Alumni retrospective: Looking Back at University College
A failed and brief throw at being Oxford on the Prairies
In an over three-million dollar controversial new college building called University College, about 650 students—220 who resided there—came together back in September 1964.
To some at the University of Manitoba, it was a bold new experimental small arts and culture college attempting to depart from the general university’s factory-produced degree mill. But for others, the new University College was a bit of a throwback, a place for aspiring snobs, too ill-defined and without the history of other small religious-based colleges found on the University of Manitoba campus.
It was the place where in October 1964, I ran a campaign to head the student society asking for a mandate for a changed student educational atmosphere. I won by 33 votes, with a 65 per cent turnout, to become University College’s first student president, with a grand title of Secretary General.
We had many active students and committees and engaged in student lounge debates, our own newspaper writings and more. Sometimes, our student executive agendas that year contained burning issues like how to break up passionate daytime necking in the student lounge or whether the College should (and did) get a cigarette machine. Our executive and students were active; we even engaged in accountability sessions.
Many of the students I’m sure turned out quite well and indeed, my fellow student executives included those ending up becoming a Trinidadian political leader, a Manitoba cabinet minister, a history professor and who knows what else.
As experimental educational pioneers, we all had to wear purple robes and were expected to be somewhat different on campus. And the place did attract its fair share of non-conformists, even if most were far from being prairie populists.
We managed in year one to survive the campus’s ribbings and even had a few decent intra-mural sports teams and heck, we threw a few good parties. And there was always someone near the student lounge getting up to give the rest of us passing by a good rant.
The provost and leading advocate, Canadian historian W. L. Morton, wanted dearly to create an oasis of learning, dignity and exchange, a smaller place with a limited student enrollment. Some said this was his version of a kind of Oxford on the Prairies or as others said, an Oxford on the Red (hey, the building is after all near the Red River).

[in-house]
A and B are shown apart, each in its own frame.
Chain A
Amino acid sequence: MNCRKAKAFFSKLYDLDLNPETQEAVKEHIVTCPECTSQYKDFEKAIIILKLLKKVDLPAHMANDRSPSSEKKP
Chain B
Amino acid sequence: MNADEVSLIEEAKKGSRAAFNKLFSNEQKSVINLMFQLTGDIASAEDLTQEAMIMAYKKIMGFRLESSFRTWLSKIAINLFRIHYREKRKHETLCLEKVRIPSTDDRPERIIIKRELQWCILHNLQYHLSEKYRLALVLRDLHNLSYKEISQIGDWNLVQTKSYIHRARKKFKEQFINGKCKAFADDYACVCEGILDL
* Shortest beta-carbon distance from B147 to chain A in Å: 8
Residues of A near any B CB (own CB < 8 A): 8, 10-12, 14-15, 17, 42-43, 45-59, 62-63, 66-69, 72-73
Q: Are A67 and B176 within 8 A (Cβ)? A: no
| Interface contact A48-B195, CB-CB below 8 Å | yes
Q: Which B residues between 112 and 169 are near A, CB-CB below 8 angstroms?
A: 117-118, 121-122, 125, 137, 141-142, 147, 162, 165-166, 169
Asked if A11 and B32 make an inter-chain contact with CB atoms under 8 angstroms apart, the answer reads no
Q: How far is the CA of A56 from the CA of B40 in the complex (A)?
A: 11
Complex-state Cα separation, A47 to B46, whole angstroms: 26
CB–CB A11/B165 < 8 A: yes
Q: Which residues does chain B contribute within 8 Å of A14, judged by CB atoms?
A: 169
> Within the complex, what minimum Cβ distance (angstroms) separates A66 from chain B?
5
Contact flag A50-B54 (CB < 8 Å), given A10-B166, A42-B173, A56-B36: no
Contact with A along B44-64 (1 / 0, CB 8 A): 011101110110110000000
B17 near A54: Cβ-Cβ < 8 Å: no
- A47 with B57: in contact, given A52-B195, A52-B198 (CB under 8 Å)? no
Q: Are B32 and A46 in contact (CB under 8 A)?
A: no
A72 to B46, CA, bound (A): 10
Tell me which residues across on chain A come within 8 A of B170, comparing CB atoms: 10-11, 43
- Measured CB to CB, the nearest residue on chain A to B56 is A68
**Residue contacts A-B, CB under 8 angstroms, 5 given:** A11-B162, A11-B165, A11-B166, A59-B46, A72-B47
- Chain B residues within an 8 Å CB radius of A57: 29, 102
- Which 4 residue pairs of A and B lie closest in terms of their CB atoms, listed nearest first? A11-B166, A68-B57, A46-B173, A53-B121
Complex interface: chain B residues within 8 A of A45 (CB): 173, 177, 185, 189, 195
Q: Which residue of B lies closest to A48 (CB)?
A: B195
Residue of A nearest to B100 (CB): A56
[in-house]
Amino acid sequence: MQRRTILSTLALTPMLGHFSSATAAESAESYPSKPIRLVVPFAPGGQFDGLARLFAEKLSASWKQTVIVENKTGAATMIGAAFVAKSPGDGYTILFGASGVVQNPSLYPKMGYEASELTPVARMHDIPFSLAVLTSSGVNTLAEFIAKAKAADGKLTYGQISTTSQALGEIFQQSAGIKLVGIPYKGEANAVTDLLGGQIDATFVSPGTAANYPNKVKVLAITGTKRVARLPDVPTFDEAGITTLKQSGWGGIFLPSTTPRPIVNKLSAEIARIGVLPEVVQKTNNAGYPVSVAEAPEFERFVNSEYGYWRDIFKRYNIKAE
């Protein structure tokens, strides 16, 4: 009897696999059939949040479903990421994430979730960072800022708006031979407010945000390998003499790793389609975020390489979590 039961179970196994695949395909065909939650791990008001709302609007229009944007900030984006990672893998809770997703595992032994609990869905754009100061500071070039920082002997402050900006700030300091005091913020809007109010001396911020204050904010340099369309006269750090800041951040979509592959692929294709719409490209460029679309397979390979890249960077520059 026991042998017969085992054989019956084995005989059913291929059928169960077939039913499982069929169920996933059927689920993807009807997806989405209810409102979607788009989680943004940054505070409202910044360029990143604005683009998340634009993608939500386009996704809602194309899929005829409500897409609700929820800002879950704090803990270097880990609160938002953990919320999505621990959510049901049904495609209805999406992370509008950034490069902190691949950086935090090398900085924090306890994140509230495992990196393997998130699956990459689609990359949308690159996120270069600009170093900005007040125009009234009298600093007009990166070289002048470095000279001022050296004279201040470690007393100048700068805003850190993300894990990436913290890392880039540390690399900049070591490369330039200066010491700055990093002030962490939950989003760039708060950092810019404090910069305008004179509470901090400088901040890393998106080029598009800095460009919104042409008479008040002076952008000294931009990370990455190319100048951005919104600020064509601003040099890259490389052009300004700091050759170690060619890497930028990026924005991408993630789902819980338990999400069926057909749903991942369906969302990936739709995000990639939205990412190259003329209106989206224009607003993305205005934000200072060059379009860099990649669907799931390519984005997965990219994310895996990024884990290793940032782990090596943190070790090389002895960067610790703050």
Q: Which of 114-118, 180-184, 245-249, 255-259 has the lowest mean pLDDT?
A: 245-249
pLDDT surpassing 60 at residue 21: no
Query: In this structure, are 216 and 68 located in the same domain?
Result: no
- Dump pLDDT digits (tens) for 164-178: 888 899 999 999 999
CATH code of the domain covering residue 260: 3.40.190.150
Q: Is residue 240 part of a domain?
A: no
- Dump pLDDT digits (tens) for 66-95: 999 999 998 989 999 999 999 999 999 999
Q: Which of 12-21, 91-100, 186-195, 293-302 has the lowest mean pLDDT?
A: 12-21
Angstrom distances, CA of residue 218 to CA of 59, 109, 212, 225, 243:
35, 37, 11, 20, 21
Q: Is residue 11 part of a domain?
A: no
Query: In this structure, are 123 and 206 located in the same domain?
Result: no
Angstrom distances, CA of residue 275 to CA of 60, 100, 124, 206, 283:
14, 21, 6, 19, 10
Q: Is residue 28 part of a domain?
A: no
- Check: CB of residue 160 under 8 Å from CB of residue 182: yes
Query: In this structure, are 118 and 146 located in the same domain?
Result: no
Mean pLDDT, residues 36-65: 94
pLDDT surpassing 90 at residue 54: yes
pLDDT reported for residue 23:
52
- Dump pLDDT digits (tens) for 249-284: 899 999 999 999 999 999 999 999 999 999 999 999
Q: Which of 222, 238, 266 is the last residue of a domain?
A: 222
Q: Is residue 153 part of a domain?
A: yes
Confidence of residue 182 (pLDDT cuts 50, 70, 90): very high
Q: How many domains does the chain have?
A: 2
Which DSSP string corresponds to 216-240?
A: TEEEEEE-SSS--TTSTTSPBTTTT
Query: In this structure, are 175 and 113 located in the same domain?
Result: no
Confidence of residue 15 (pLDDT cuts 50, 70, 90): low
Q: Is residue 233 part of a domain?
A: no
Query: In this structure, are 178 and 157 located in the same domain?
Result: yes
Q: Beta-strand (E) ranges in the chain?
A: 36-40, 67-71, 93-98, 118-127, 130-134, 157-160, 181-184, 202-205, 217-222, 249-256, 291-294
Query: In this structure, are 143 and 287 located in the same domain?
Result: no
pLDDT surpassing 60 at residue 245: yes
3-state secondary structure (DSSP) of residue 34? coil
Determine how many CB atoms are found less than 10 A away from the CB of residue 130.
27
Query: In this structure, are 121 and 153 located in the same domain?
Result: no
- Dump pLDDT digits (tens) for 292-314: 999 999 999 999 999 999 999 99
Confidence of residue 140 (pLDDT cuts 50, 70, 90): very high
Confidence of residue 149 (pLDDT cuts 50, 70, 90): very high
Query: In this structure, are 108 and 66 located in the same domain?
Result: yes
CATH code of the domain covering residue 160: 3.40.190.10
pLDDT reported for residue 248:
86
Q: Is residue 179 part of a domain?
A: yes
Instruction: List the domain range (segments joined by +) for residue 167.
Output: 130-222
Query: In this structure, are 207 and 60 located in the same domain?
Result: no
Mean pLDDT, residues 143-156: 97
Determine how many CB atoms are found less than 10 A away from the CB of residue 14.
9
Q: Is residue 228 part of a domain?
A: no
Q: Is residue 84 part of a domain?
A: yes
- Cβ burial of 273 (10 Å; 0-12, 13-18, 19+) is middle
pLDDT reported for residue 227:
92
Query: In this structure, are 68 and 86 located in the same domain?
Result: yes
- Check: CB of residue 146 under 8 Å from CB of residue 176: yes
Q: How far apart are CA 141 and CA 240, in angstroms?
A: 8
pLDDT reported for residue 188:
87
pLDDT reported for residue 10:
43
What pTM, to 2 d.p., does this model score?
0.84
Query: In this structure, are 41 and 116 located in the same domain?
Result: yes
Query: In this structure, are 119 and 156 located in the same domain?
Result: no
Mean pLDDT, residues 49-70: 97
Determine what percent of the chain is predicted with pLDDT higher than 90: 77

Morton was determined to see his college dream gather momentum, even at one point kindly chewing me out when I entered his office forgetting to wear my purple robe. He used to bemoan students not wanting to attend his feasts in the Great Hall dining room where his prominent invited guests gave speeches from the sanctity of the high table .
True, though, some of Provost Morton’s College guests were fun, educational and boisterous like author and wildlife advocate Farley Mowat in his kilt ready to spark things up.
Mind you, W.L. did not appreciate me all the time in helping out with his eminent high table guests. Once, for instance, after a high table feast for the executives of Eaton’s and the Hudson Bay Company, he asked me to show them a typical residential student room, I found the first open door, and the illustrious guests entered a room piled high with beer bottles and plastered with Playboy pictures. Heard about that alright.
Some students even went as far to satirize the College’s daily feasting pretensions, climbing up the rafters of the main dining room’s Great Hall, and setting up their own High-High Table.
But W. L. did, however, in the end back in 1965 as my term as student president drew to an end, praise me for my leadership in year one of a new era and wrote to me, quote, “for all the many services you have rendered the College.” Even got a going away present of, you guessed it- a plaque with a miniature Red River cart mounted on it.
His dream not quite happening, W. L. Morton left in 1966 to try out being a Provost at another small college, part of Trent University, again near a river (the Tweed River) in Peterborough, Ontario, where shortly thereafter I visited him.
University College lingered on for the next few decades, Its gowns became optional, and its high principles, its robust widespread student involvement in College life and special discussions faded. But for some, it provided a valuable experience that remains with us decades later.
It’s sad to know that University College is now no more than just another building at the University of Manitoba, a part of Arts and Sciences, without its own separate faculty or a thriving student body.
But for a brief moment in time, we brought academic high hopes, purple robes and a sense of community to the plains of the Red River in suburban Winnipeg’s higher education institution.
It is said that, without debating this thesis or putting faith in any one further mere building, that every fifty years or so something will rise up along the banks of the Red River besides flood waters and a human rights museum.
In 1965-66, Ken Rubin followed up his University College student presidency becoming the special assistant to the University of Manitoba Student Council President. In 1967-68, Rubin came back to campus for a year to be on the political science faculty as a seminar leader and researcher studying Canadian company towns, that included doing field research examining the power structures in Pinawa, Thompson, Churchill, Gillam and The Pas and other resource communities.
Ken Rubin went on to become a well-known Ottawa-based investigative researcher whose work on the national stage is featured on his website, kenrubin.ca. He sends belated greetings to all of his fellow students.